Personal loan interest rates remain unchanged from last week as of Wednesday, Feb. 2 at 10.28 percent. The national average personal loan interest rate has remained steady throughout the end of January at 10.28 percent. This rate has not changed since rising slightly from 10.27 percent at the end of 2021.
Bankrate conducts a weekly survey of large lenders and monitors personal loan interest rates week over week, tracking any changes. The national average personal loan interest week has remained steady throughout December 2021, moving up from 10.27 percent to 10.28 percent in the first two weeks of 2022.
Comparing top personal loan rates
While personal loan interest rates have remained stable on average, different lenders provide different rates and overall experiences. Below are the rates of some of the best personal loan lenders of 2022. These lenders scored well in the 2022 Bankrate Awards, each winning a superlative category.
|Lender||APR||Loan amount||Minimum credit score||Bankrate superlative|
|LightStream||4.98%||$5,000-$100,000||700||Best for home improvement and debt consolidation|
|Marcus by Goldman Sachs||6.99%||$3,500-$40,000||660||Best online lender|
|TD Bank||6.99%||$2,000-$50,000||660||Best from a bank|
|Upstart||8.94%||$1,000-$50,000||None||Best for borrowers with bad credit|
|Best Egg||5.99%||$2,000-$50,000||640||Best for borrowers with fair credit|
|Figure||5.75%||$5,000-$50,000||670||Best for borrowers with good credit|
|Axos||6.49%||$5,000-$50,000||720||Best for borrowers with excellent credit|
Personal loan rates by credit score
The interest rates you are eligible to receive depend on your overall credit health. Below are the average interest rates for borrowers ranging from excellent to bad credit, based on Bankrate data.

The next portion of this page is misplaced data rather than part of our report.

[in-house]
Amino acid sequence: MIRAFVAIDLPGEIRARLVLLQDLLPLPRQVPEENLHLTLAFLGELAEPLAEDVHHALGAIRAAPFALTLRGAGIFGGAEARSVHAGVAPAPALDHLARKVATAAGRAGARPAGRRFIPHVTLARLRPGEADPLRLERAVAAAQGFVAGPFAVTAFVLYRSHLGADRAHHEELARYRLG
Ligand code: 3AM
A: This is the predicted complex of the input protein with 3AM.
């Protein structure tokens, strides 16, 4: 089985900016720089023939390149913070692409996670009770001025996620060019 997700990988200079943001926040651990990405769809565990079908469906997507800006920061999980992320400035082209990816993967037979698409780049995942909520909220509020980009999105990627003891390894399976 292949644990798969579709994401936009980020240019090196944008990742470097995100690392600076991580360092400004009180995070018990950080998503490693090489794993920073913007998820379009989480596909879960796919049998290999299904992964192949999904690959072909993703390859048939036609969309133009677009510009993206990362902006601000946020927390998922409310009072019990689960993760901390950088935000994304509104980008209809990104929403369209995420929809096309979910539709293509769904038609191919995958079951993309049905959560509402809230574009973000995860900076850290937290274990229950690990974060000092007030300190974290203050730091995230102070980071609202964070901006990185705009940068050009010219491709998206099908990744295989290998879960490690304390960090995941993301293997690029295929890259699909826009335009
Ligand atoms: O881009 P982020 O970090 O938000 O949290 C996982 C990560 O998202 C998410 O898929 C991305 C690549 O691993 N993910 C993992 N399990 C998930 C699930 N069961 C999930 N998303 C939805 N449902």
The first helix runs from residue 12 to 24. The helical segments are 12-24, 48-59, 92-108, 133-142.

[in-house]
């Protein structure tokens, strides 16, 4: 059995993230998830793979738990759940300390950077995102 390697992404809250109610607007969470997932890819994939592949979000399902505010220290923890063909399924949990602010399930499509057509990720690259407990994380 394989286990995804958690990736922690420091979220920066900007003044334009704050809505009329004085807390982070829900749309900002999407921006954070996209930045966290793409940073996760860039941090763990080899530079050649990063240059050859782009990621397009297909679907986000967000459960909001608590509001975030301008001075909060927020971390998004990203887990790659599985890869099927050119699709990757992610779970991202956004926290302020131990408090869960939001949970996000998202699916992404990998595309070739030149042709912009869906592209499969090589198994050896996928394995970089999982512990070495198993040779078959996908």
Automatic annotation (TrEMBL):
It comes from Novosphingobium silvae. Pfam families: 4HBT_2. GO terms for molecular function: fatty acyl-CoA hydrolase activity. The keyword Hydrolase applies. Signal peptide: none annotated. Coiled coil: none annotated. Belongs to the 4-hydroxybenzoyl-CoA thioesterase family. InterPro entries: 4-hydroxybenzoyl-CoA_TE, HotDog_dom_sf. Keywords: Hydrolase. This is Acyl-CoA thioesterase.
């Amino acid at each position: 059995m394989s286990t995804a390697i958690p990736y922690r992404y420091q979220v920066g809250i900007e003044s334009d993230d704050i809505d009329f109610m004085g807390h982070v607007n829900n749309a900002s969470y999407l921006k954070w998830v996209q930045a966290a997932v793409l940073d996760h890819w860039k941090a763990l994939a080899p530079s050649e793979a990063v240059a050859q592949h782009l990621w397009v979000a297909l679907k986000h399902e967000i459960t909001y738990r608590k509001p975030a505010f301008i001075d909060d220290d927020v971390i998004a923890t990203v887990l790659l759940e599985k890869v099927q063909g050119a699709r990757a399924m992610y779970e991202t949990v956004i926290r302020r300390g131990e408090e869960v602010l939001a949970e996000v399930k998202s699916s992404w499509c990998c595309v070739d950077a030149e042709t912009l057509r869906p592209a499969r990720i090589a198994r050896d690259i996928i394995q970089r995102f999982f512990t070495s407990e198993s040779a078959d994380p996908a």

|Credit score||Average loan interest rate|
How to compare personal loan rates
When applying for a personal loan, there are many factors to consider. Here are some of the things you should think about before choosing a personal loan lender:
- Compare interest rates and fees: You may want to compare the range of APRs from a few lenders, but you may not qualify for the lowest advertised rate. The interest rate you qualify for depends on your credit health and other approval requirements. If you can, prequalify to get more specific rates. You should also factor in any fees that will affect the overall cost of your loan.
- Prequalify if possible: Many lenders allow borrowers to prequalify for loans, allowing you to submit your financial details and find out the exact rates you qualify for. Knowing your exact quote from a lender will help you decide if it is the best fit for you, and you’ll be able to compare interest rates more accurately.
- Consider the purpose of your loan: Every lender is different, and the lender that is right for you depends on the purpose of your loan and your specific needs. Personal loans have a wide range of purposes, from debt consolidation to funding for big purchases such as weddings and vacations. How you intend to use your loan will impact which lender is right for you.
- Consider loan amounts and repayment options: The amount of money you need to borrow could limit your choices of lenders, as different lenders allow different borrowing ranges and repayment term options. If you need to borrow a large sum of money, you may want to find a lender with long repayment terms and a wide loan amount range.
How to get a lower personal loan rate
You can use some strategies to improve your chances at finding a more favorable loan rate:
- Sign up for autopay: Some lenders provide an interest rate discount for borrowers who use in autopay.
- Choose a shorter repayment period: The longer your repayment period, the higher your interest rate is likely to be. If you are financially able to pay the loan back in a shorter period of time, your interest rate will likely be less.
- Improve your credit score before applying: The better your credit score, the lower your personal loan interest rate is likely to be. You can take steps to improve your credit score over time.
- Get a co-signer with strong credit: Some lenders allow you to borrow loans with a co-signer. If you co-sign a loan with someone who has good credit, you have a better chance of receiving lower rates.